The decreased expression of pro-inflammatory mediators in combination with preservation of photoreceptor cells and reduction of storage material leads to the assumption that minocycline administration mediates its effects mainly via immunomodulation. However, a study with orally treated CLN6-deficient sheep, a model for the late-infantile variant of NCL, with minocycline, could not dampen neuroinflammation in the brain (Kay and Palmer, 2013). The species differences and different forms of NCL may potentially explain the treatment success in our modified mouse retinal stress model and the disappointing findings from CLN6 South Hampshire sheep.
MATERIALS AND METHODS
Cln3Δex7/8 mice on a C57BL/6J background were a generous gift from S. Cotman (Cotman et al., 2002). To introduce the light-sensitive Rpe65 leucine variant in the strain, the mice were first crossed with wild-type BALB/c and then with C57BL/6J mice for five generations to obtain a homogenous genetic background. Resulting Cln3Δex7/8 mice, carrying the leucine variant of RPE65 on a C57BL/6J background, were genotyped to determine the presence of the Cln3Δex7/8 knock-in allele as previously described (Fossale et al., 2004). For the Rpe65 variant, a PCR fragment of 674 bp length was generated using the following primers: Rpe65_pos450_F (5′-CACTGTGGTCTCTGCTATCTTC-3′) and Rpe65_pos450_R (5′GGTGCAGTTCCATTCAGTT-3′) with PCR cycling conditions of 95°C for 30 s, 56°C for 30 s and 72°C for 35 s, repeated for 34 cycles. Amplicons were digested using MwoI to detect a specific restriction site at position 450, resulting in two fragments, of 236 and 437 bp, for the leucine variant or a 674 bp undigested fragment for the methionine variant (Wenzel et al., 2001). Mice were maintained in an air-conditioned environment with 12-h light-dark schedule with a maximum light intensity of 150 lux inside the cages. Water and food were given ad libitum. For this study, 8- to 10-week-old male and female animals were used. All experimental procedures were in compliance with the German law on animal protection and the ARVO Statement for the Use of Animals in Ophthalmic and Vision Research. The animal protocols used in this study were reviewed and approved by the governmental body responsible for animal welfare in the state of Nordrhein-Westfalen (Landesamt für Natur, Umwelt und Verbraucherschutz Nordrhein-Westfalen, Germany; approval Nr 84-02.04.2017.A113).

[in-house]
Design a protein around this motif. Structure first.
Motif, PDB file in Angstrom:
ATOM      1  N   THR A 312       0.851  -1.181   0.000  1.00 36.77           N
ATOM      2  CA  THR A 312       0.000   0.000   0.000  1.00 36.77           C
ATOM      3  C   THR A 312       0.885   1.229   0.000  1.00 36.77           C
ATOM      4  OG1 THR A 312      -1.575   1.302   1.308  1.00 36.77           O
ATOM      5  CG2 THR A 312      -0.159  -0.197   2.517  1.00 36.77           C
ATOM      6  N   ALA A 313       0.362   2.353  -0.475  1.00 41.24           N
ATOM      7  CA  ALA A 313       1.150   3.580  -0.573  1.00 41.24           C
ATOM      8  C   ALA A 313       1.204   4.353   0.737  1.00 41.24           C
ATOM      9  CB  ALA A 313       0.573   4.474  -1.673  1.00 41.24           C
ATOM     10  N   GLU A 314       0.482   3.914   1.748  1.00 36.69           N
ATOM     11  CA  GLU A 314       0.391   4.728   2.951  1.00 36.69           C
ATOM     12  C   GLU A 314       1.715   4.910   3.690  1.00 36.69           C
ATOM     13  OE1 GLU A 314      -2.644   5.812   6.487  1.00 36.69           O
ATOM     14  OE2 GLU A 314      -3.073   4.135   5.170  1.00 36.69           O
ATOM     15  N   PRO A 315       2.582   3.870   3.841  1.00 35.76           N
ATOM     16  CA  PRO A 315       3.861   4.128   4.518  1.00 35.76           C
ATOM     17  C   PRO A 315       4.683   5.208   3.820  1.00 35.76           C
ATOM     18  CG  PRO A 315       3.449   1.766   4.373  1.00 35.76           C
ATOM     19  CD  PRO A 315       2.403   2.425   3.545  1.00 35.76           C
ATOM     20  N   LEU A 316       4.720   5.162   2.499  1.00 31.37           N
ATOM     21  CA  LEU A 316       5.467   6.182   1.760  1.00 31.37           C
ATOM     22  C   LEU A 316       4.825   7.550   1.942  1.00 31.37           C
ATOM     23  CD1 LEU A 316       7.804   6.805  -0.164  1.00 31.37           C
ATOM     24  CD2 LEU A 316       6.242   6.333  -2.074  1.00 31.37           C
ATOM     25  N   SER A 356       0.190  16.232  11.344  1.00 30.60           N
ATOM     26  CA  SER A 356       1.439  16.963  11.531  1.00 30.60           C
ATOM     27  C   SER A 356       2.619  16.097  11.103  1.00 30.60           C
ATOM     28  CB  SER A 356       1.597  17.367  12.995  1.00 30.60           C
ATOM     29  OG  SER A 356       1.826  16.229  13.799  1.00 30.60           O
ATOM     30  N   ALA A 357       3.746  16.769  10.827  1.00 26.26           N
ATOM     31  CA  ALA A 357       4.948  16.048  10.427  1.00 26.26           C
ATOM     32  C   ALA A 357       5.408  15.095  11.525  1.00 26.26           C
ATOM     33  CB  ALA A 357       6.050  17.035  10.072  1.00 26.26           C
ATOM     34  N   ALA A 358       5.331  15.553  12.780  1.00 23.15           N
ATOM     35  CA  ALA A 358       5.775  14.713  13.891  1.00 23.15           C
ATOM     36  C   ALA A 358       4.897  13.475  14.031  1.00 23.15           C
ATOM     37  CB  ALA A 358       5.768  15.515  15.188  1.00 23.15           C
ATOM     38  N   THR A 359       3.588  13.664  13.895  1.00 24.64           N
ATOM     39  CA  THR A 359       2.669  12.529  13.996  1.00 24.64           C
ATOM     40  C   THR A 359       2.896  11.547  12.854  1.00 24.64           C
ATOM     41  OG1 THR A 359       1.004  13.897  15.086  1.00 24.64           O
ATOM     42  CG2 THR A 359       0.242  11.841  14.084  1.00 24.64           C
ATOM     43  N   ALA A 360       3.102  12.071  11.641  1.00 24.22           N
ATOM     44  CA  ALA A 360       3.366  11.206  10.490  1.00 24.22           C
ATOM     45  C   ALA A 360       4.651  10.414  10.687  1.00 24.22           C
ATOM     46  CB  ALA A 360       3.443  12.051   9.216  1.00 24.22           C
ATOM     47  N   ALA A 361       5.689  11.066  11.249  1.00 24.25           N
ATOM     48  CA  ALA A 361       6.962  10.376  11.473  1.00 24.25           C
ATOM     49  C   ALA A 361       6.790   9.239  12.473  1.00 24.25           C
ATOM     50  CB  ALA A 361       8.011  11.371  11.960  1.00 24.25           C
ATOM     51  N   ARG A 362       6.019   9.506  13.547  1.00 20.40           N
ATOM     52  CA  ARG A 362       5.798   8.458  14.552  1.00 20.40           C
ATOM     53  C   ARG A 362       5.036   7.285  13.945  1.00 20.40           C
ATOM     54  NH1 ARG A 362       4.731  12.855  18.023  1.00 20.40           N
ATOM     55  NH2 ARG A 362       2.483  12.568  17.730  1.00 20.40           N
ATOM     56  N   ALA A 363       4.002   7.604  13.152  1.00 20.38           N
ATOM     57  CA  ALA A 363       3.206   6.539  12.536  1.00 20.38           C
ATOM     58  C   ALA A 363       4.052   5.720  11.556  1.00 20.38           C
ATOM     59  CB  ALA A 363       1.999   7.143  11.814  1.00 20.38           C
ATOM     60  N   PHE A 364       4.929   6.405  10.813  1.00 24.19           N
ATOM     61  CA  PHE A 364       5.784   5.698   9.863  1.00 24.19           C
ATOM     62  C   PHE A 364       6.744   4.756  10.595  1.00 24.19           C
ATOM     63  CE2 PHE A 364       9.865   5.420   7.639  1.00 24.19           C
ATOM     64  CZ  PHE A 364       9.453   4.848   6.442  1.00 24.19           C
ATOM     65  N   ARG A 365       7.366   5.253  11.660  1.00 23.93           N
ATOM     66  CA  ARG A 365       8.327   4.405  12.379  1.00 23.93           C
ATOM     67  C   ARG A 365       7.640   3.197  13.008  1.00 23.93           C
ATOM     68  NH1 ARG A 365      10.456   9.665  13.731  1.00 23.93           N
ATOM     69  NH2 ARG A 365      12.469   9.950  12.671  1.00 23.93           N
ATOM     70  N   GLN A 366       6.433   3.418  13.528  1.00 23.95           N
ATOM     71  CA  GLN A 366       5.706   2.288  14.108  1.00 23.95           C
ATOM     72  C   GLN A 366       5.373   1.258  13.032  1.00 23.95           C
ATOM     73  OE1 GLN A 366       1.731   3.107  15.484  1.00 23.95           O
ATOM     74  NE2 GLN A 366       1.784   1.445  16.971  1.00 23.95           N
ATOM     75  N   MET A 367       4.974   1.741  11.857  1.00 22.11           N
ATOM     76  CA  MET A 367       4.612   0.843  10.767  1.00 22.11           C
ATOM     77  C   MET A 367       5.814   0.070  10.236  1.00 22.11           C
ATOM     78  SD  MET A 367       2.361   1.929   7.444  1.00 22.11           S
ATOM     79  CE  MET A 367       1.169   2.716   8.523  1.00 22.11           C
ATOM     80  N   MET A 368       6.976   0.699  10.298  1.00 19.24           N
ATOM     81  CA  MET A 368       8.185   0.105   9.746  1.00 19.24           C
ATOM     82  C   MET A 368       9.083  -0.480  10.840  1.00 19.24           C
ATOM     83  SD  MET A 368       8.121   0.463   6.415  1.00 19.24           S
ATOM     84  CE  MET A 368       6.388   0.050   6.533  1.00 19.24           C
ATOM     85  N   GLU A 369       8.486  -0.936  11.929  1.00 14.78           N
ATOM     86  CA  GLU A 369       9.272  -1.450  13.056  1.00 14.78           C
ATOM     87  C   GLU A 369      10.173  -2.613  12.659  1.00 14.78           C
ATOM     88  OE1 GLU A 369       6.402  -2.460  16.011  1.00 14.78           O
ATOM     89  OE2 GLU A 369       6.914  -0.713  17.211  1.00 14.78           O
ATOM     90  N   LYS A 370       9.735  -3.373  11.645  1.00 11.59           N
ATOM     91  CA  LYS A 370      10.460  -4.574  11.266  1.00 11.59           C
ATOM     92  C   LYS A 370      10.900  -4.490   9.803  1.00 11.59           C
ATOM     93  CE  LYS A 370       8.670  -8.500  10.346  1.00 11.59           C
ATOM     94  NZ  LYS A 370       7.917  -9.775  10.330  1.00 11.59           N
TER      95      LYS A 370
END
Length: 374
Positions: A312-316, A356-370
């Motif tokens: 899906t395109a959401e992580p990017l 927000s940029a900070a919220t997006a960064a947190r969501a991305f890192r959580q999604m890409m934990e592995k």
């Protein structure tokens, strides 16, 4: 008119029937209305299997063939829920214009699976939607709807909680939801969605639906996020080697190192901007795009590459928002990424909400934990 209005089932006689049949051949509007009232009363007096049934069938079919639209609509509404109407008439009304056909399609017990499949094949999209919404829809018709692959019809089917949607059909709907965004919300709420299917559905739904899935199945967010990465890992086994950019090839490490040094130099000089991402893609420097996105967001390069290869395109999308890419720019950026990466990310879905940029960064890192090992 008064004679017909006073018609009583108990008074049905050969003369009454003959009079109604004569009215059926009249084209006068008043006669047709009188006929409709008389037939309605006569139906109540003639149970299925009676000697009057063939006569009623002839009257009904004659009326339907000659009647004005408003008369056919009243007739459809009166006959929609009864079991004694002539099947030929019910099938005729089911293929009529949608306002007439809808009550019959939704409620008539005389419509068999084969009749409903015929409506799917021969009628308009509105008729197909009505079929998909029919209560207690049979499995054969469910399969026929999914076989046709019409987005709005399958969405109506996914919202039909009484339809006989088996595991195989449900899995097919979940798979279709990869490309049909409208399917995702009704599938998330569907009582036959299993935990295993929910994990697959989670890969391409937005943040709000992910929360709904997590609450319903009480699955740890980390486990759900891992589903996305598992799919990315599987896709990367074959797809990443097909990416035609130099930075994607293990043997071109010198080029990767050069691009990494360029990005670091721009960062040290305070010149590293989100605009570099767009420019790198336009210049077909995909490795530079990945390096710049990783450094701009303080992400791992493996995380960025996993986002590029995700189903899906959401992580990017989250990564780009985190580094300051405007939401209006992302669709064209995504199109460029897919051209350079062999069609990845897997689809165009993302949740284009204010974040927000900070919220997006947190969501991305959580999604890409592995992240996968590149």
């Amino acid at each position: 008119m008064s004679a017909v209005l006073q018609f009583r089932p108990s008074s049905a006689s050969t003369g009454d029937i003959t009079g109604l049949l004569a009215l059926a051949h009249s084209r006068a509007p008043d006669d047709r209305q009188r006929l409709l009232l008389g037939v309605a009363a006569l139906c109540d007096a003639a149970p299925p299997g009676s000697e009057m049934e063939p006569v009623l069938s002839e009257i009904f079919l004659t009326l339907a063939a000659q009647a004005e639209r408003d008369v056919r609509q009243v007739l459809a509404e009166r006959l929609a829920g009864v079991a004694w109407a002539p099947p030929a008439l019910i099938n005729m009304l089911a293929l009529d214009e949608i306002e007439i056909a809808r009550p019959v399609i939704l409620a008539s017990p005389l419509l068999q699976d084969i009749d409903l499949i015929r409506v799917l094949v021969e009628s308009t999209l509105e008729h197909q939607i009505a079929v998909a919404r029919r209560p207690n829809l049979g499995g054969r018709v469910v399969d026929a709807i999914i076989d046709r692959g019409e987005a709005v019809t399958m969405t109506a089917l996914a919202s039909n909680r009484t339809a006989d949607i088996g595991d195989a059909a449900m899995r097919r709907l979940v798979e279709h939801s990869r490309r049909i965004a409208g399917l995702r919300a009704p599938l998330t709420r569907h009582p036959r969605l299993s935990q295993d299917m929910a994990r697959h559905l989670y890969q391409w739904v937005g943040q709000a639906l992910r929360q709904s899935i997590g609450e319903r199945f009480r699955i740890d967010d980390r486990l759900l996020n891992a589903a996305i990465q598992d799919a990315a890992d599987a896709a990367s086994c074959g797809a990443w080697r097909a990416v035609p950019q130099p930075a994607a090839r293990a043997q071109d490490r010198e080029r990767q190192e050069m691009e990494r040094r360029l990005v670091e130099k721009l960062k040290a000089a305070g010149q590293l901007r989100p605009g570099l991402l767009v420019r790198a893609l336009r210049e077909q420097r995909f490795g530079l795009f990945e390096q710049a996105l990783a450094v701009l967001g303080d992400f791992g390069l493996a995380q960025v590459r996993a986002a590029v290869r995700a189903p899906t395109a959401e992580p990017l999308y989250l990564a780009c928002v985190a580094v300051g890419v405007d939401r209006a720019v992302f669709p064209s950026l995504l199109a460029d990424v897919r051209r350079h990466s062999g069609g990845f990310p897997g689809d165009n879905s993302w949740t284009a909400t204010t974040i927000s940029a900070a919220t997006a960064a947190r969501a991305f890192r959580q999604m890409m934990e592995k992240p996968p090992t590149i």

Light exposure and minocycline administration
Wild-type littermates and Cln3Δex7/8 mice were dark-adapted for 16 h before light exposure. To test low-light and high-light conditions, pupils were dilated with 2.5% phenylephrin and 1% tropicamide under dim red light and the mice were placed into aluminum-foil-coated cages. A light intensity of 10,000 lux for 30 min for low-light conditions and a light intensity of 15,000 lux for 60 min for high-light conditions were used, respectively. Mice of both genotypes without light exposure served as controls. Then, mice were then kept in dark-reared conditions overnight. For the therapy study with minocycline only, Cln3Δex7/8 mice and low-light conditions were used. Minocycline (45 mg/kg body weight dissolved in 0.9% NaCl solution, Sigma) was injected intraperitoneally starting 1 day before light exposure and then daily until 1 day before the final experiment. Cln3Δex7/8 mice were injected with the same volume and frequency of 0.9% NaCl solution as a solvent control.
In vivo imaging using SD-OCT and BAF
SD-OCT and BAF images were taken at 1, 4 and 7 days after light exposure. After anesthetizing the mice by intraperitoneal injection of Rompun (10 mg/kg body weight) and Ketavet (100 mg/kg body weight), the pupils were dilated with 2.5% phenylephrin and 1% tropicamide. SD-OCT was performed on both eyes with a Spectralis™ HRA+OCT device (Heidelberg Engineering) to evaluate structural changes. Retinal thickness was analyzed using SD-OCT thickness maps calculated by the Heidelberg Eye Explorer Software. A mean for each eye was determined from the four quarters (circle diameter 3 ETDRS) around the optic nerve head, representing the average retinal thickness (µm) in a certain field. BAF imaging was conducted at day 1, 4 and 7 to assess autofluorescent material using a Spectralis™ HRA+OCT device (Heidelberg Engineering). Three images per condition were analyzed for quantification.